Gender-based psychological and physical distress differences in patients diagnosed with non-metastatic renal cell carcinoma

Rami Ajaj, Jaime Omar Herrera Cáceres, Alejandro Berlin, Christopher J.D. Wallis, Thenappan Chandrasekar, Zachary Klaassen, Ardalan E. Ahmad, Ricardo Leao, Antonio Finelli, Neil Fleshner, Hanan Goldberg

Research output: Contribution to journalArticlepeer-review

10 Scopus citations


Objectives: To analyze gender-based differences in distress symptoms in patients with non-metastatic renal cell carcinoma (RCC) at different stages of disease. Methods: The Edmonton Symptom Assessment System—revised (ESAS-r) questionnaire includes a physical (PHSDSS) and a psychological distress sub-score (PDSS). The ESAS-r was used to measure psychological and physical distress symptoms in localized RCC patients in a major cancer referral center between 2014 and 2017 at four predefined time points: (a) diagnosis, (b) biopsy, (c) surgery, and (d) last follow-up. Results were gender stratified, and multivariable linear regression models were used to determine associations with increased sub-scores. Results: Overall, 495 patients were included with 37.2% females. No significant gender differences were seen in mean age, relevant clinical parameters, and treatment. PDSS was significantly higher in females after diagnosis (8.5 vs. 5.1, p = 0.018), biopsy (8.9 vs. 4.1, p = 0.003), and surgery (6.5 vs. 4.4, p = 0.007), while being similar at the last follow-up. The multivariable model demonstrated a statistically significant association of female gender with higher PDSS after diagnosis (B = 3.755, 95% CI 0.761–6.750), biopsy (B = 6.076, 95% CI 2.701–9.451), and surgery (B = 1.974, 95% CI 0.406–3.542). PHSDSS was significantly higher in females after biopsy (10.0 vs. 5.7, p = 0.028) and surgery (8.6 vs. 6.1, p = 0.022). In the multivariable model, female gender conferred a higher PHSDSS only after surgery (B = 2.384, 95% CI 0.208–4.560). Conclusions: Gender-associated psychological distress differences exist in non-metastatic RCC patients throughout treatment, while dissipating at last follow-up. Emphasis should be placed on screening for distress symptoms and providing psychological support continuously, particularly for female patients.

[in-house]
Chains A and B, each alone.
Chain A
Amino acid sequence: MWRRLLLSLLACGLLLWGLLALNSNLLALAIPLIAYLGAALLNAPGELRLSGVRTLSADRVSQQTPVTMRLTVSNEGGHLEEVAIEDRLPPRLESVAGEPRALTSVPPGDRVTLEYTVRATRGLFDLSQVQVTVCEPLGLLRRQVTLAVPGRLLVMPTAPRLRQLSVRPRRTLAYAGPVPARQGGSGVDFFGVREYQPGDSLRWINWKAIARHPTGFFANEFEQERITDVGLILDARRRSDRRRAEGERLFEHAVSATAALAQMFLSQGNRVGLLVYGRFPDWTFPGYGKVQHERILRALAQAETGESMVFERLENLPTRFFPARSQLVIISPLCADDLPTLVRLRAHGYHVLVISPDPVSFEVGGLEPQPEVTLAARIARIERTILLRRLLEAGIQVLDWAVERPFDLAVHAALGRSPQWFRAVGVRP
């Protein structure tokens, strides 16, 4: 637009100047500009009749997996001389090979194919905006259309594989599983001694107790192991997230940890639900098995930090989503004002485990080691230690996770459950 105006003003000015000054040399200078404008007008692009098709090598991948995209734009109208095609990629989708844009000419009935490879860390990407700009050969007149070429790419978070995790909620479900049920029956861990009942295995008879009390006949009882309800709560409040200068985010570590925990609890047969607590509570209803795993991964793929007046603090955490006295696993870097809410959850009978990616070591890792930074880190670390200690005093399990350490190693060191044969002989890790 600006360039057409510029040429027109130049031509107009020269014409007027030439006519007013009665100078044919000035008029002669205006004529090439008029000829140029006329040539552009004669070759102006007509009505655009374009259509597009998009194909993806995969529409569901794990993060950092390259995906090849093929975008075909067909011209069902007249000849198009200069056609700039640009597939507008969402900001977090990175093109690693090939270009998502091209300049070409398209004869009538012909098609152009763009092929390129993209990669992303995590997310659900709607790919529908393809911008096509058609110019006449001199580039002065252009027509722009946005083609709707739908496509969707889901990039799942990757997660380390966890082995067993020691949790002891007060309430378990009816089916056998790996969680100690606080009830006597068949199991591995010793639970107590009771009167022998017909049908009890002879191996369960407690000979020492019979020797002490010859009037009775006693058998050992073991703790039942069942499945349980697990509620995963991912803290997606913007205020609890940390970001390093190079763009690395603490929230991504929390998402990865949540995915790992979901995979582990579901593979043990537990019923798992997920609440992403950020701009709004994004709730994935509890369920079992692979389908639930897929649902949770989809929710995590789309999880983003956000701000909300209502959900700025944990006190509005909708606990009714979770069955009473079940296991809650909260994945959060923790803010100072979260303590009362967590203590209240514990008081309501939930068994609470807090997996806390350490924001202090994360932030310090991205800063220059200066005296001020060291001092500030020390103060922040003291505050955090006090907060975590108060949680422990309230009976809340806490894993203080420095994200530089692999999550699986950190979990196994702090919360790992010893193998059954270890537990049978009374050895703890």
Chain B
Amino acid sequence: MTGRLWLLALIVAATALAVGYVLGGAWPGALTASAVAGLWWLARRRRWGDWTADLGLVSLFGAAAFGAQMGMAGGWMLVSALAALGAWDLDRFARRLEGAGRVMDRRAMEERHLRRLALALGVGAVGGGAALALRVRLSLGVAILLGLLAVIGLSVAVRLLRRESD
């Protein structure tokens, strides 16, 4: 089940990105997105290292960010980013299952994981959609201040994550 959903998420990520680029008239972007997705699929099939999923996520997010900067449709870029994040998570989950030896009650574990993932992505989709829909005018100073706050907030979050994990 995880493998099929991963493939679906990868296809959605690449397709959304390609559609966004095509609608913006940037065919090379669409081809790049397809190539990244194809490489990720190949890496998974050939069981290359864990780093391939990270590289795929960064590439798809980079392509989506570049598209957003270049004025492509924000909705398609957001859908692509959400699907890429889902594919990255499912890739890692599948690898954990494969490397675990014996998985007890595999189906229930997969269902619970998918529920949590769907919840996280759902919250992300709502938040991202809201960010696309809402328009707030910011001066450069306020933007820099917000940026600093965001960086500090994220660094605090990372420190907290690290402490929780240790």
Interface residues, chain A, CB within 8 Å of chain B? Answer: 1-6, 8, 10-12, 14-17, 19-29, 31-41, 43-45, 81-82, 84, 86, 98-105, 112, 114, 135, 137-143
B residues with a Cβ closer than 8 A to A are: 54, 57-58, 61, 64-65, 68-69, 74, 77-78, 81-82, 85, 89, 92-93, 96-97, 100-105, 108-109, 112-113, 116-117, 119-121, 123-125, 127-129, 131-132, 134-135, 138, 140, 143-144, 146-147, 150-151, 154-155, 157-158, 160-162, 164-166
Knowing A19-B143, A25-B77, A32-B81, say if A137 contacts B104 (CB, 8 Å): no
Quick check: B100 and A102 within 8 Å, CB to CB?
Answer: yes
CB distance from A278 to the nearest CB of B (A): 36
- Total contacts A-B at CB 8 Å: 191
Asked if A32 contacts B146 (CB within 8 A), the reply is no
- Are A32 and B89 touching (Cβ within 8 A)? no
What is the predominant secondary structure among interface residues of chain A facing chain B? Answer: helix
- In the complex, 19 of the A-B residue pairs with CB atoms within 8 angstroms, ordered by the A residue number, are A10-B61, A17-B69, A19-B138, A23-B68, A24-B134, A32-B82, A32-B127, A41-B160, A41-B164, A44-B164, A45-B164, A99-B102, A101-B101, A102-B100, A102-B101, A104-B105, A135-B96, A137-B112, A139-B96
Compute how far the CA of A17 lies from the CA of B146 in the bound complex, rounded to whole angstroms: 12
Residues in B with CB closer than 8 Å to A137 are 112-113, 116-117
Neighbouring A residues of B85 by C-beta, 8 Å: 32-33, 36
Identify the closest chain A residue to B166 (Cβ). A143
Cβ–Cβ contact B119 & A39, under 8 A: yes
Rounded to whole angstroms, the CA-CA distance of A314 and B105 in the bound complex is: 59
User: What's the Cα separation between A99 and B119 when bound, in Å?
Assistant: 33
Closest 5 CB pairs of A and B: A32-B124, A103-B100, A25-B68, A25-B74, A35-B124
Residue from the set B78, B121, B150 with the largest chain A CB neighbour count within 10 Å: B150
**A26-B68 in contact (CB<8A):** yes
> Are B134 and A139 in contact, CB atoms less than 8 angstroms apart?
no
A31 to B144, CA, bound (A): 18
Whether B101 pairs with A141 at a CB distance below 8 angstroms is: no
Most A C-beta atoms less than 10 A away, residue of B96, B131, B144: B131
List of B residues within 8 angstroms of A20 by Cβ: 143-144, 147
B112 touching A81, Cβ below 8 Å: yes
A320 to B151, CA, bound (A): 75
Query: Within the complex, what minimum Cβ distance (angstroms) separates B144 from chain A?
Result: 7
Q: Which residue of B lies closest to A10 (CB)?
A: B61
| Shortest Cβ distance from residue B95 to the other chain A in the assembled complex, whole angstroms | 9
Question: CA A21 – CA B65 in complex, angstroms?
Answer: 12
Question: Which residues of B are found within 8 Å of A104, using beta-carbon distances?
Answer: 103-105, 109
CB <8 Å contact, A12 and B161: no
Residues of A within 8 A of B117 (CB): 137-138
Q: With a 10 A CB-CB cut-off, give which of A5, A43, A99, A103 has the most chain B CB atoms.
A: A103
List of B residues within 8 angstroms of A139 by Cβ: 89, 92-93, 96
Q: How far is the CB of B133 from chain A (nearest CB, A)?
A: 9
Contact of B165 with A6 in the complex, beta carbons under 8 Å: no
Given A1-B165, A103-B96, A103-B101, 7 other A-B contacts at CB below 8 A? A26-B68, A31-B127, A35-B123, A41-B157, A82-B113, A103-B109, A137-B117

Original languageEnglish (US)
Pages (from-to)2547-2554
Number of pages8
JournalWorld Journal of Urology
Issue number10
StatePublished - Oct 1 2020


  • Edmonton Symptom Assessment System
  • Gender
  • Physical distress
  • Psychological distress
  • Renal cell carcinoma

ASJC Scopus subject areas

  • Urology


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